This week one of last year’s HFFs, Maddie spent time talking with us about her new work. Maddie is both a representative for Harbor Freight Fellows and is amplifying that work in the B-Unbound Navigator Community. The lack of representation of women especially, women of color at sea and in the marine trades is shameful. Women seafarers represent only 2 percent of the !.2 million employed in this work. Getting more women to be seafarers is what Maddie is taking on with the collective support of other women in the marine trades. This is not just about a lack of knowledge that this work exists. It is about harassment and a culture that needs serious change. As our talks continued, it was very clear this is not going to be easy work nor is it something that will turn around fast. The good news is that the wheels are in motion and we are a part of the change. Lots of meetings to get B-U up and running. One was with Ivan Cestero, a friend of Javier’s who is part of a new college in Miami called MYX. It has lots of similarities to College Unbound so, I put Ivan in touch with Dennis. In our talk, I also told Ivan about B-U and he immediately saw opportunities for the college students using B-U both as Navigators to find Supportive Adults around their interests and as Supportive Adults working with other Navigators. This is the second time this has happened with a college hearing about B-U. Many times, I’ve written about how poorly colleges and universities do on connecting their students to real-world learning and to people in a student’s field of interest. This manifests in the low percentages of colleges that actually are part of the process of helping their students get work. This is yet another avenue for B-U. International Big Picture Learning Credentials (IBPLC)
At this year’s first BPL International meeting we had representation from Liberia, Kenya, Ireland, the UK, Barbados, Canada, and the US. From Barbados, Gaby gave a presentation to the group about the use of the IBPLC. Part of the presentation was a 5-minute video of Zad, a student at Beyond the Box School on his work as an entrepreneur and stock market investor with a heart and soul. Following the video, we had a discussion and it was obvious how well Gaby knew Zad and how important it is to know students in order to be able to assess their learning. Thanks to Sonn for putting it all together. It was great to see everyone and it was a really useful session. I’m attaching Zad’s video. On Monday, Carlos and I made a trip to Oakland for Dirk Tillotson’s Memorial Service. Dirk devoted his life to ending inequalities in the communities he lived and worked in. He was an amazing person who was all in on everything he did instill a sense of confidence in everyone around him that made them believers in themselves. When someone was down on themselves, it was Dirk who gave them their boost by saying, “YOU, YOU GOT THIS!” with the person knowing Dirk would be there with them on their journey. He was tragically taken from us on a home invasion but as so many testified, he lives on with us. Be well!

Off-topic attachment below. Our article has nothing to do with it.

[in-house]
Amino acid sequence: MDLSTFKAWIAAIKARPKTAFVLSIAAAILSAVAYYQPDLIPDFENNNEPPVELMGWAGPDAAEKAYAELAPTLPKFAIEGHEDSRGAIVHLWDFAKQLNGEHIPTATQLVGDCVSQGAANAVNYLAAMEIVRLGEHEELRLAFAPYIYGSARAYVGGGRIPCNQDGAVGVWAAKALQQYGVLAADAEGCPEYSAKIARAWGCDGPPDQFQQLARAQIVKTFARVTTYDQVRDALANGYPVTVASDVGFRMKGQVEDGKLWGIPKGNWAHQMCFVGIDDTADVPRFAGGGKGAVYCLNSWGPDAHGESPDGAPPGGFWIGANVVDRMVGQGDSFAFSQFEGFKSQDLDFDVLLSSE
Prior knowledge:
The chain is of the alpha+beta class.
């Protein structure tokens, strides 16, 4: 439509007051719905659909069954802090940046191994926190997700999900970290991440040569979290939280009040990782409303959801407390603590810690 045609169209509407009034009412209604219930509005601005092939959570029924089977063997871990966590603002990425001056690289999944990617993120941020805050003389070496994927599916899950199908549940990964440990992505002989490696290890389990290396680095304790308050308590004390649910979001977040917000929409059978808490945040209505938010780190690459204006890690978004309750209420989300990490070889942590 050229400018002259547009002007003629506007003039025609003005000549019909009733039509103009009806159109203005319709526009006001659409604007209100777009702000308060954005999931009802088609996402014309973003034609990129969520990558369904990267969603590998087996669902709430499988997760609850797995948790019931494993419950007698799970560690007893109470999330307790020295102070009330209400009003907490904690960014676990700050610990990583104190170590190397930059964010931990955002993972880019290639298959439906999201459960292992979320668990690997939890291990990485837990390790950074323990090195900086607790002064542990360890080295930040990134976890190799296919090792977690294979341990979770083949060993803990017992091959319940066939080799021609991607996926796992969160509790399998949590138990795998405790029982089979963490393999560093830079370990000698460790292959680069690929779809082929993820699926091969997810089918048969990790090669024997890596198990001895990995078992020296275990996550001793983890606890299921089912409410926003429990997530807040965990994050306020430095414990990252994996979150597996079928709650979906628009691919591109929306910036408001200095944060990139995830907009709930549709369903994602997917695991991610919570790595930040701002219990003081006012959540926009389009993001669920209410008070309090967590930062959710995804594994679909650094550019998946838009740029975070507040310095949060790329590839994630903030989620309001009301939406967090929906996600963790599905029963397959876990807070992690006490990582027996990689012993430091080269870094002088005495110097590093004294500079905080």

-------------- Elliot Washor Co-Founder of Big Picture Learning